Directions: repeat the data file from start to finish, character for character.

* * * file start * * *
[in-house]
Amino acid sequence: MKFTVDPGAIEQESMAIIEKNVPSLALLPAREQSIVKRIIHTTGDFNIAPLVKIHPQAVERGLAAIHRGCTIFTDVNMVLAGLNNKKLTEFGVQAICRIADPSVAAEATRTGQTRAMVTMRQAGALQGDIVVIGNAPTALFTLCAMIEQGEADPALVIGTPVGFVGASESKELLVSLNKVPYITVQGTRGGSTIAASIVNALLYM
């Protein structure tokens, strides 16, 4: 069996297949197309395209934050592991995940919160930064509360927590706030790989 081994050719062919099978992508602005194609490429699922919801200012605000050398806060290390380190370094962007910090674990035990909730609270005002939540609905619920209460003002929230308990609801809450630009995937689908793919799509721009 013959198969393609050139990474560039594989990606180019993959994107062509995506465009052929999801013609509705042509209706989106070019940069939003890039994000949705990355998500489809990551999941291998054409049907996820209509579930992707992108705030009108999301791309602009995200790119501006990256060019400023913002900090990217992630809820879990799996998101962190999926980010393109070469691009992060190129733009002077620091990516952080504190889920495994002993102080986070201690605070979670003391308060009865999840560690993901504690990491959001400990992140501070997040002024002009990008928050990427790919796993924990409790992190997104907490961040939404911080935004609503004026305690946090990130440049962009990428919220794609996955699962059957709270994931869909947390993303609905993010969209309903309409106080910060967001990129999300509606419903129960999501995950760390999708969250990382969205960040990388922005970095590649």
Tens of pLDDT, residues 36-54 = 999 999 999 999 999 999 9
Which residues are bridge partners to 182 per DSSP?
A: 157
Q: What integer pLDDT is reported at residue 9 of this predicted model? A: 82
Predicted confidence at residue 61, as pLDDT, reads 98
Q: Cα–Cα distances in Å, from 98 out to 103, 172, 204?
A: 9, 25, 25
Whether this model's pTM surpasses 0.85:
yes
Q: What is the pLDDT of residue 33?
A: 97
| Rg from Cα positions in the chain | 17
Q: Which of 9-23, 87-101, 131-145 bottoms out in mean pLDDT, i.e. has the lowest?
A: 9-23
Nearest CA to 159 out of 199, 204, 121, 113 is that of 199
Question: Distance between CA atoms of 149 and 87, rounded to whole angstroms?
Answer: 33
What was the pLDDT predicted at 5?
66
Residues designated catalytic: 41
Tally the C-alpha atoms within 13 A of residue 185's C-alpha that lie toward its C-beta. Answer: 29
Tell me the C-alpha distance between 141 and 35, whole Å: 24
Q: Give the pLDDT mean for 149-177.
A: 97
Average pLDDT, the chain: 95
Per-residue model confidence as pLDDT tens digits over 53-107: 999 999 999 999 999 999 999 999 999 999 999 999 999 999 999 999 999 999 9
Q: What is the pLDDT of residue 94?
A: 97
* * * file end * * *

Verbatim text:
[in-house]
Amino acid sequence: MKFTVDPGAIEQESMAIIEKNVPSLALLPAREQSIVKRIIHTTGDFNIAPLVKIHPQAVERGLAAIHRGCTIFTDVNMVLAGLNNKKLTEFGVQAICRIADPSVAAEATRTGQTRAMVTMRQAGALQGDIVVIGNAPTALFTLCAMIEQGEADPALVIGTPVGFVGASESKELLVSLNKVPYITVQGTRGGSTIAASIVNALLYM
């Protein structure tokens, strides 16, 4: 069996297949197309395209934050592991995940919160930064509360927590706030790989 081994050719062919099978992508602005194609490429699922919801200012605000050398806060290390380190370094962007910090674990035990909730609270005002939540609905619920209460003002929230308990609801809450630009995937689908793919799509721009 013959198969393609050139990474560039594989990606180019993959994107062509995506465009052929999801013609509705042509209706989106070019940069939003890039994000949705990355998500489809990551999941291998054409049907996820209509579930992707992108705030009108999301791309602009995200790119501006990256060019400023913002900090990217992630809820879990799996998101962190999926980010393109070469691009992060190129733009002077620091990516952080504190889920495994002993102080986070201690605070979670003391308060009865999840560690993901504690990491959001400990992140501070997040002024002009990008928050990427790919796993924990409790992190997104907490961040939404911080935004609503004026305690946090990130440049962009990428919220794609996955699962059957709270994931869909947390993303609905993010969209309903309409106080910060967001990129999300509606419903129960999501995950760390999708969250990382969205960040990388922005970095590649």
Tens of pLDDT, residues 36-54 = 999 999 999 999 999 999 9
Which residues are bridge partners to 182 per DSSP?
A: 157
Q: What integer pLDDT is reported at residue 9 of this predicted model? A: 82
Predicted confidence at residue 61, as pLDDT, reads 98
Q: Cα–Cα distances in Å, from 98 out to 103, 172, 204?
A: 9, 25, 25
Whether this model's pTM surpasses 0.85:
yes
Q: What is the pLDDT of residue 33?
A: 97
| Rg from Cα positions in the chain | 17
Q: Which of 9-23, 87-101, 131-145 bottoms out in mean pLDDT, i.e. has the lowest?
A: 9-23
Nearest CA to 159 out of 199, 204, 121, 113 is that of 199
Question: Distance between CA atoms of 149 and 87, rounded to whole angstroms?
Answer: 33
What was the pLDDT predicted at 5?
66
Residues designated catalytic: 41
Tally the C-alpha atoms within 13 A of residue 185's C-alpha that lie toward its C-beta. Answer: 29
Tell me the C-alpha distance between 141 and 35, whole Å: 24
Q: Give the pLDDT mean for 149-177.
A: 97
Average pLDDT, the chain: 95
Per-residue model confidence as pLDDT tens digits over 53-107: 999 999 999 999 999 999 999 999 999 999 999 999 999 999 999 999 999 999 9
Q: What is the pLDDT of residue 94?
A: 97